CBR News: Gents, one thing we haven't had the chance to talk about yet is "Before Watchmen." While there was a lot of press for the series both positive and negative, I think one thing everyone agreed on was that these books were likely to sell well out the gate. With each series debuting over 100,000 copies, I wonder how you feel the launch has gone overall. Did those books hit where you expected? Go over or under that expectation?
Bob Wayne: We are right around where we predicted we'd be for internal purposes on how we thought this would operate as a periodical. The only thing for the month of July we noticed was that because of the strong, strong showing of "Walking Dead" #100 -- which ranked highest in units and dollars on the Diamond chartÂ -Â it puts everything else down the chart one place from where it would have been. So I could have said that all the "Before Watchmen" titles for July were in the top 20, but now I have to say that they're in the top 21.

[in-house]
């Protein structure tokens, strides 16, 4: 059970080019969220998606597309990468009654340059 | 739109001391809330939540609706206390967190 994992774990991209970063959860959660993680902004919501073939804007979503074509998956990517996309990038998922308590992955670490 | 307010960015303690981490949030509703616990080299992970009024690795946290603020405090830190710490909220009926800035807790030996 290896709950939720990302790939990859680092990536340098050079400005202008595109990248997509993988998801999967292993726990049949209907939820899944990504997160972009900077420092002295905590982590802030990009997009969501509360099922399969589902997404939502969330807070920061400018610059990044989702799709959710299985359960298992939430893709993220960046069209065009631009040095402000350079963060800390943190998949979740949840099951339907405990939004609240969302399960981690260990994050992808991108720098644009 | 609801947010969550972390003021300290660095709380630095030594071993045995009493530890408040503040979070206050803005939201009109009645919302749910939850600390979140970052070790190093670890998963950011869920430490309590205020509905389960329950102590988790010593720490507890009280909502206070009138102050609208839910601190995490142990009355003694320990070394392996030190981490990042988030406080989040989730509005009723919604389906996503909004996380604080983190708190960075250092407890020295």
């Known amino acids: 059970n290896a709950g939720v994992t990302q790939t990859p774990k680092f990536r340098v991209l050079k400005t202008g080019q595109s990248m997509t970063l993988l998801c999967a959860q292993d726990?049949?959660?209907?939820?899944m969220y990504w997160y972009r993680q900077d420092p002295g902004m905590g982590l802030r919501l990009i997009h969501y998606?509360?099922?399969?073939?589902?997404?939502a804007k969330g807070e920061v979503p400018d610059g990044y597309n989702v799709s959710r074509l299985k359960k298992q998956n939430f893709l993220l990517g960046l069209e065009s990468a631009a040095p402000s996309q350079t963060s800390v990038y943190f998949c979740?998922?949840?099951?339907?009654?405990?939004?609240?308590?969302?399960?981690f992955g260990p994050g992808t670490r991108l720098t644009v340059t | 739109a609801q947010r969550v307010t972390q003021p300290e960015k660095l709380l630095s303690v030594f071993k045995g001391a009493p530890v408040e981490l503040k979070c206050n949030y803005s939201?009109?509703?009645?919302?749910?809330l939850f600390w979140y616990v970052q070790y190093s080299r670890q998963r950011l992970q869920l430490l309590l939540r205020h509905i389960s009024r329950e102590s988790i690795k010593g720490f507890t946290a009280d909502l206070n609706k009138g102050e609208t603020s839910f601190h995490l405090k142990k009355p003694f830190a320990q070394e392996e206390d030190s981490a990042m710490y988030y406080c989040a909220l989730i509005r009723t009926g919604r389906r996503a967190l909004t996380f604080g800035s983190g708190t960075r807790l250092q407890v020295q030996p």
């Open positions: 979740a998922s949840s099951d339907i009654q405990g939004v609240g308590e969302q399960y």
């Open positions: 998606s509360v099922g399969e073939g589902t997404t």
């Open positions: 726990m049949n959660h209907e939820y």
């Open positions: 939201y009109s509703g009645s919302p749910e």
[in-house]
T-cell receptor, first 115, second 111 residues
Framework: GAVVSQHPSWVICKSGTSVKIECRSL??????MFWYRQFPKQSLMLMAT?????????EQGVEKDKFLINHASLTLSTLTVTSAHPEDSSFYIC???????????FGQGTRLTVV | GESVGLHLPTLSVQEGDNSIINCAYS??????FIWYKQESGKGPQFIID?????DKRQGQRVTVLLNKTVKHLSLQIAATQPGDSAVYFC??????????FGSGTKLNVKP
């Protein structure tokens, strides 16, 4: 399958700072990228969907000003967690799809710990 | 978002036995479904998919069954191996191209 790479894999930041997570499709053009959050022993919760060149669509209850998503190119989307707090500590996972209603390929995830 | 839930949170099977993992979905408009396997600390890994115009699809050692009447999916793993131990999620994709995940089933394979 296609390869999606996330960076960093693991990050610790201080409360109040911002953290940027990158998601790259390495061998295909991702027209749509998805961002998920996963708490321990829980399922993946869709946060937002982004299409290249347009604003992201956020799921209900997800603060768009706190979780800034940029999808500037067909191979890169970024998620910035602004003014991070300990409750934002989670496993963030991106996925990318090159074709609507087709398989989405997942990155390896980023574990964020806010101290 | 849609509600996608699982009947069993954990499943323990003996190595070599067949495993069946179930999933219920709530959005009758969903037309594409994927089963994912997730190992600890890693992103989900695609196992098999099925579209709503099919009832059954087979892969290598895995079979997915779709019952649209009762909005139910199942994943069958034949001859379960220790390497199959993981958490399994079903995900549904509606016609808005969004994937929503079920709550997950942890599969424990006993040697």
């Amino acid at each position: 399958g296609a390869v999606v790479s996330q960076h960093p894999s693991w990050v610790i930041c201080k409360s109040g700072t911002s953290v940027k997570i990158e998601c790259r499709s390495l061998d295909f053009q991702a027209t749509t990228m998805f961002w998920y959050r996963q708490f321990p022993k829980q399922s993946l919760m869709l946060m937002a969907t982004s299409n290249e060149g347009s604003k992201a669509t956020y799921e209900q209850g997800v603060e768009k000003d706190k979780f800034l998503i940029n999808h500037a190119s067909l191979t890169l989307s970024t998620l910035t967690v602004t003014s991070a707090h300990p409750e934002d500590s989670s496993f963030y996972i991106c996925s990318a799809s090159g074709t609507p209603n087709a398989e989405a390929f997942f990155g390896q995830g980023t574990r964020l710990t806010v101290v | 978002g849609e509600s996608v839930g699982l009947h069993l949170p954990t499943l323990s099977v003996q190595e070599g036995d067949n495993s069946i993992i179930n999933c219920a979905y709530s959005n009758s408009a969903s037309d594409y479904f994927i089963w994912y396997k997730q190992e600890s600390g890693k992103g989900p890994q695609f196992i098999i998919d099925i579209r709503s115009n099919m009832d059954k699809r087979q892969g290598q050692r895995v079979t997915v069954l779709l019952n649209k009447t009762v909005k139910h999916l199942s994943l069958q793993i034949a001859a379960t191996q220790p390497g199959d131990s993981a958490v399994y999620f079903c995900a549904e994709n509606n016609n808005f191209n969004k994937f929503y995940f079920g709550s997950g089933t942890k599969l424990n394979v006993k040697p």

After having the New 52 set sales on your upper books a rung higher than it maybe had been in the past, do you have a new level at which you judge the success of a highly publicized launch like this? Has your anticipation changed from what it would have been a year or two years ago?
Wayne: We are approaching each one of these as its own thing. We're not taking for granted that retailers and readers are going to give us the benefit of the doubt on one initiative because we scored well with the last initiative. We know we have to keep proving ourselves each month that we deserve their support, and we think we can do that by putting out really interesting comics and books.